Professionals don’t want to think of themselves as tokens. Such a designation erases all the work invested in their careers. It erases their merit and stamps each underrepresented person as “other” and unworthy.
Sociologist Rosabeth Moss Kanter studied the differences between men and women professionals’ work experiences and found that women experience tokenization. Because of this tokenization, women are more likely to be stereotyped, isolated, and regarded as incompetent. Since these high-ranking women are tokens in their majority male work environment, women had to:
- Prove themselves to their male colleagues,
- Work to counteract stereotypes,
- Struggle to be seen as competent and capable professionals.
While women are doing all of this extra work just to be seen as worthy of their position, the work environment becomes more and more unequal. Men enjoy opportunities for social networking and mentoring and are allowed more room to make mistakes. Kanter argues that all of this is the result of women executives being numerical minorities in their workplaces and that any numerical minority will have the same experience at work.
Intersectionality teaches us that this is not true and that minority groups are tokenized differently. We have to think about how power and hegemony impacts the equation. For example, when men work in occupations traditionally associated with women — librarians, teachers, nurses, and social workers—they ride the glass escalator1 while women in those same professions continue to fight to break through the glass ceiling. Men are perceived as being more competent, even when their female colleagues have more experience, seniority, or training.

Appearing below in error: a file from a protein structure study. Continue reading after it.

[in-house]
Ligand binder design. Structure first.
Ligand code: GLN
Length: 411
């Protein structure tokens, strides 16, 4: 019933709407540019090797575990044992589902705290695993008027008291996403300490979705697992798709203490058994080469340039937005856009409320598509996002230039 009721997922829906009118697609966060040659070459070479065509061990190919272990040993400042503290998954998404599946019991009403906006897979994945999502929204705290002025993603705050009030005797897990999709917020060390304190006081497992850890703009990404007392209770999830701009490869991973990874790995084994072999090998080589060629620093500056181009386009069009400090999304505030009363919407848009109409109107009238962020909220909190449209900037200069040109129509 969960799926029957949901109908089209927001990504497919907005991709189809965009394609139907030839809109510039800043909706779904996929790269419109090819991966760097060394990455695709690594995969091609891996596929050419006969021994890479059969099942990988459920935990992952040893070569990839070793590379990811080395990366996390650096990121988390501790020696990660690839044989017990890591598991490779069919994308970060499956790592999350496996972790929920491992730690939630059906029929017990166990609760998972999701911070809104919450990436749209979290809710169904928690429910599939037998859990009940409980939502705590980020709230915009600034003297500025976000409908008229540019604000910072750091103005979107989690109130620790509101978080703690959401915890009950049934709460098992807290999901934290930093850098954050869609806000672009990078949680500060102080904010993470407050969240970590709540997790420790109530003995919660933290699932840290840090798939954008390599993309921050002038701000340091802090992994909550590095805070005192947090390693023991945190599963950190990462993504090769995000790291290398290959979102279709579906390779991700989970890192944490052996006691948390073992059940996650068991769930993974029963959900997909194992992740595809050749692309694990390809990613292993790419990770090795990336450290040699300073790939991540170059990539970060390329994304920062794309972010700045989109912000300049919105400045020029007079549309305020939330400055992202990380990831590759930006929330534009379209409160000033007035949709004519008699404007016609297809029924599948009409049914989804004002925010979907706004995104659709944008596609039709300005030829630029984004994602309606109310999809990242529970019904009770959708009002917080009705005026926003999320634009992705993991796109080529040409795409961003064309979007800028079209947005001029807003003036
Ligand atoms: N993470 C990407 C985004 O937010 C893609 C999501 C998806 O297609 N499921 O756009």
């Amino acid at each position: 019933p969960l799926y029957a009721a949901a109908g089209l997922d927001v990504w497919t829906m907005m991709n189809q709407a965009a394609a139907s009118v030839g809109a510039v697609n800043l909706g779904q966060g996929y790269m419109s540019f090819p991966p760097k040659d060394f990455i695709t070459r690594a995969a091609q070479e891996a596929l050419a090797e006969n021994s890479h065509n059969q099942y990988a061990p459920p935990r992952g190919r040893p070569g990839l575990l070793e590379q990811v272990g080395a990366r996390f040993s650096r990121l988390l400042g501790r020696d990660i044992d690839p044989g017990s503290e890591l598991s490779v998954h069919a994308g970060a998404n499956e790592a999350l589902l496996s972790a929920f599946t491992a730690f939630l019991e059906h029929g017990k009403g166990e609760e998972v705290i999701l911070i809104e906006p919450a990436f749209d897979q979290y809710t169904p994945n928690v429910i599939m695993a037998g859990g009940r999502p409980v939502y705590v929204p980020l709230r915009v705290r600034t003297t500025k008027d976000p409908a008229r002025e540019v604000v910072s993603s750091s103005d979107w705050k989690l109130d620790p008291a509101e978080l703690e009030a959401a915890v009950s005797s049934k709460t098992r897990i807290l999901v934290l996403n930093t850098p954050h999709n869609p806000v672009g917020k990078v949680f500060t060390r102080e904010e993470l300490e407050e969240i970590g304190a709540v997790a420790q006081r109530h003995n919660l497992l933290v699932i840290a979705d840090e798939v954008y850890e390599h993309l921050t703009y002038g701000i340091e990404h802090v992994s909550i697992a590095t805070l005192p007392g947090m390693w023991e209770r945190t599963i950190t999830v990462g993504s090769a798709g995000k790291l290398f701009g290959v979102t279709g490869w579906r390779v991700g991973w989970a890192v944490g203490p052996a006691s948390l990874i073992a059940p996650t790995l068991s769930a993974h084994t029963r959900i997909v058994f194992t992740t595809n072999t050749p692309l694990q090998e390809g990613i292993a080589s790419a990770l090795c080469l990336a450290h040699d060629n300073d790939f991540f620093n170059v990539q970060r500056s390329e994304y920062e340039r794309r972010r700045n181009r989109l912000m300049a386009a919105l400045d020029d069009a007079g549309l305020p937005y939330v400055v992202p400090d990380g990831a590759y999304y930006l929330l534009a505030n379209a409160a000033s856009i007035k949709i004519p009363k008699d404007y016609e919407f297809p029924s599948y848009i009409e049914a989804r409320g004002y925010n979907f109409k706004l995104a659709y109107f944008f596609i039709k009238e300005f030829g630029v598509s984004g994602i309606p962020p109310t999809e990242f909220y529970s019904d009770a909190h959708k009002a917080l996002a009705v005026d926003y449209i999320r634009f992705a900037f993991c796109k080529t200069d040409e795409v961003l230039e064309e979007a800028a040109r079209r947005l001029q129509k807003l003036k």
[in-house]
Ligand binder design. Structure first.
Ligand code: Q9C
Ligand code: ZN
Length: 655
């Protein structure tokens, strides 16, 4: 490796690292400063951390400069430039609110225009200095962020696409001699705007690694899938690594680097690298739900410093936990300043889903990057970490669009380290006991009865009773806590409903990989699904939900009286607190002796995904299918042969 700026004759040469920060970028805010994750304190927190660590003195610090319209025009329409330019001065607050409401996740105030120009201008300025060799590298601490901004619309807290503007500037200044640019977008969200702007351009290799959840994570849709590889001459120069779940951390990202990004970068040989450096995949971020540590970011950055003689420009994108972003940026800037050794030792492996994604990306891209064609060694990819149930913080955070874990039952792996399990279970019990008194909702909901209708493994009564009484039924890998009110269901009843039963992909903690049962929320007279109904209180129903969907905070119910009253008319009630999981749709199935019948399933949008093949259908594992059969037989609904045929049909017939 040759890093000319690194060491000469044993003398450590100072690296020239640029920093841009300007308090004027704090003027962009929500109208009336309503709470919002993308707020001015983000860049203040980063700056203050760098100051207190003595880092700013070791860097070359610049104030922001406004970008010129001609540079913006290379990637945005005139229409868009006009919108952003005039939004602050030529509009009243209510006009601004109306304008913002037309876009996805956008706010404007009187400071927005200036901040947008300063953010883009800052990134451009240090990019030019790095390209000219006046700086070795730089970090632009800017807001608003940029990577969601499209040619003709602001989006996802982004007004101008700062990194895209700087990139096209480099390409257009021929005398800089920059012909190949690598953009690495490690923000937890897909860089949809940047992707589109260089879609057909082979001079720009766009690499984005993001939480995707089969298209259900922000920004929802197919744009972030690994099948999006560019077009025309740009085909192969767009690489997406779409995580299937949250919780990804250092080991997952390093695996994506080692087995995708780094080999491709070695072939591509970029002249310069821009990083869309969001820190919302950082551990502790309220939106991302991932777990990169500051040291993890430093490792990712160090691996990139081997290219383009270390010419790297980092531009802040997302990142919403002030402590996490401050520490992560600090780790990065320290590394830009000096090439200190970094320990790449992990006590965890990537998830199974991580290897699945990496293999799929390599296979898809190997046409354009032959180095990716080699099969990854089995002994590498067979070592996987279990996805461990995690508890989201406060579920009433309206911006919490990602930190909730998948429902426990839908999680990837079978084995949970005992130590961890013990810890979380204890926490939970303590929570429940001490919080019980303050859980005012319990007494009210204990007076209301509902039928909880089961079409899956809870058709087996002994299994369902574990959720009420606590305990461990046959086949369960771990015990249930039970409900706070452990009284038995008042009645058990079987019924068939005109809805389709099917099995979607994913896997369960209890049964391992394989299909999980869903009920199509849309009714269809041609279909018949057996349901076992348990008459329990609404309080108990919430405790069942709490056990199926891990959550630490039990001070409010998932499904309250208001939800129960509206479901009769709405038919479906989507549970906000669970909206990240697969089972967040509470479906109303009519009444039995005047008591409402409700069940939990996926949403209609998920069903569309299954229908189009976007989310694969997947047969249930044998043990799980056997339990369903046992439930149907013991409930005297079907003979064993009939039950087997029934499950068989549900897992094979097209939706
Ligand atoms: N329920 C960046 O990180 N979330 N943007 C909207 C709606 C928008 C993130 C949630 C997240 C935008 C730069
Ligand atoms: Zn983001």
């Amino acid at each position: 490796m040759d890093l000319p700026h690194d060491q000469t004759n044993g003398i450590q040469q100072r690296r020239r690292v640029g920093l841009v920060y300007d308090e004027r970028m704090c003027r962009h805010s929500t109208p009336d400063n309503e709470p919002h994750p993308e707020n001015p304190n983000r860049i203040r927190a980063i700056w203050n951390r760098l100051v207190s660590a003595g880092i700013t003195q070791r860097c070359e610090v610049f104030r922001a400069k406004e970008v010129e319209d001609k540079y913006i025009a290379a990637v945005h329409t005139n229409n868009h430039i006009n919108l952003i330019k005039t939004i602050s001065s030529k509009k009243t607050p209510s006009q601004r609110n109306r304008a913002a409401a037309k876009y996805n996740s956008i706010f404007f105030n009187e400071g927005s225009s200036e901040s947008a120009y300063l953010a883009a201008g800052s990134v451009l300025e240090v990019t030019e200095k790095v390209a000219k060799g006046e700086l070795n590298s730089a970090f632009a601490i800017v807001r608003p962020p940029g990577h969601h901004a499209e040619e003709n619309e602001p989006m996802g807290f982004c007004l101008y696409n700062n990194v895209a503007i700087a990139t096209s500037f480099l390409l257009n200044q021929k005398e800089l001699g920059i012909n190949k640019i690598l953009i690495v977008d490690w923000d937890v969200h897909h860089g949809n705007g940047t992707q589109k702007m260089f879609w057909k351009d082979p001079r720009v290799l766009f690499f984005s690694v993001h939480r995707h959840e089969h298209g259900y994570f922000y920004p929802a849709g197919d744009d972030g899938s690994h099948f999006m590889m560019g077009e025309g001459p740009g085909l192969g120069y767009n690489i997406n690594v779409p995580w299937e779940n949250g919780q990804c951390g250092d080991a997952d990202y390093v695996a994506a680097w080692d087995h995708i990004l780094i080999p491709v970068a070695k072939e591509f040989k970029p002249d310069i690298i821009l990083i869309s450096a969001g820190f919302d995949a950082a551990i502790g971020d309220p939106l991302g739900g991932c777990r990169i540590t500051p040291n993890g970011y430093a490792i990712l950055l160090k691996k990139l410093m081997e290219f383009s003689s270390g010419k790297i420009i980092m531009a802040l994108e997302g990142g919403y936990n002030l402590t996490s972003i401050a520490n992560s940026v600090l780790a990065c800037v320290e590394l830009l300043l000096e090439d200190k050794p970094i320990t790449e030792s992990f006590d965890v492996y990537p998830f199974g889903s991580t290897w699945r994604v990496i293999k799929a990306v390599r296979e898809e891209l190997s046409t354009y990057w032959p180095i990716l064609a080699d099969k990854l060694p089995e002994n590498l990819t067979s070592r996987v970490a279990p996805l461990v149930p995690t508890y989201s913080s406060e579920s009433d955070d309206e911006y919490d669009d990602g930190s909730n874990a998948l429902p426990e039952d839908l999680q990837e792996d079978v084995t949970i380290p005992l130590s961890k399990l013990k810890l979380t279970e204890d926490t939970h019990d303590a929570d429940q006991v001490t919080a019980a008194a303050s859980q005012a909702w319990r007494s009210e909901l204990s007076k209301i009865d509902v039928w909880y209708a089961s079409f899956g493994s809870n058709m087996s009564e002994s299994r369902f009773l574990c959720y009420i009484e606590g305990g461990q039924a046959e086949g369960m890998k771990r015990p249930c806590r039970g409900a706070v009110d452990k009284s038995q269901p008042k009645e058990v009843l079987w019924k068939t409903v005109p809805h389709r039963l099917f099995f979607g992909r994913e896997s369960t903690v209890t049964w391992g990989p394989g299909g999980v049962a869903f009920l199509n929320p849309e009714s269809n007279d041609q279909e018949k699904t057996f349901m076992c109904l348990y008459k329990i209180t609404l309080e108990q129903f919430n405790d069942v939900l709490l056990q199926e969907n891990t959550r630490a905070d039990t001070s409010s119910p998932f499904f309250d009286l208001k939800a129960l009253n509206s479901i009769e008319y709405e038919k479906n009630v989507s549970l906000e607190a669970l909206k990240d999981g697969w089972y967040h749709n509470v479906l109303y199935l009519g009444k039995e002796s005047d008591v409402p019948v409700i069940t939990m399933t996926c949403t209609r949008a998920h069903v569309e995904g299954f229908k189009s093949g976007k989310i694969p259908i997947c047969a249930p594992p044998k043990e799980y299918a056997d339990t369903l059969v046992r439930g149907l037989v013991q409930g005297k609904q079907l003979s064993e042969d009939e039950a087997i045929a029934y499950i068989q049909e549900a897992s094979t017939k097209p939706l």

Adia Harvey Wingfield researched Black professional men (doctors, engineers, lawyers, and bankers) to determine whether Kanter’s theory held up when race and class became factors. Wingfield concluded in her book No More Invisible Man: Race and Gender in Men’s Work, that Black men experienced what she called “partial-tokenization.” They were tokenized because they were Black but they still experienced some male privilege. For example, these Black men were hyper-visible at work and as a result, they had less latitude to make mistakes. However, this same hyper-visibility also presented advantages where they had higher salaries, professional recognition, and more customers/clients. They also received social and cultural support.
Thus while the women in Kanter’s study sought to fade into the background due to their hyper-visibility, the Black men in Wingfield’s study sought to take advantage of it.
There is power in numbers but significant power also comes from hegemonic beliefs around race and gender. It’s important to understand how tokenism impacts lawyers’ experiences so that we can better understand why the legal profession remains largely homogenous and exclusive.
Email us or leave a comment telling us about your experiences and perspectives of tokenism.
By: Takeia R. Johnson
1 See Christine Williams’s Still a Man’s World.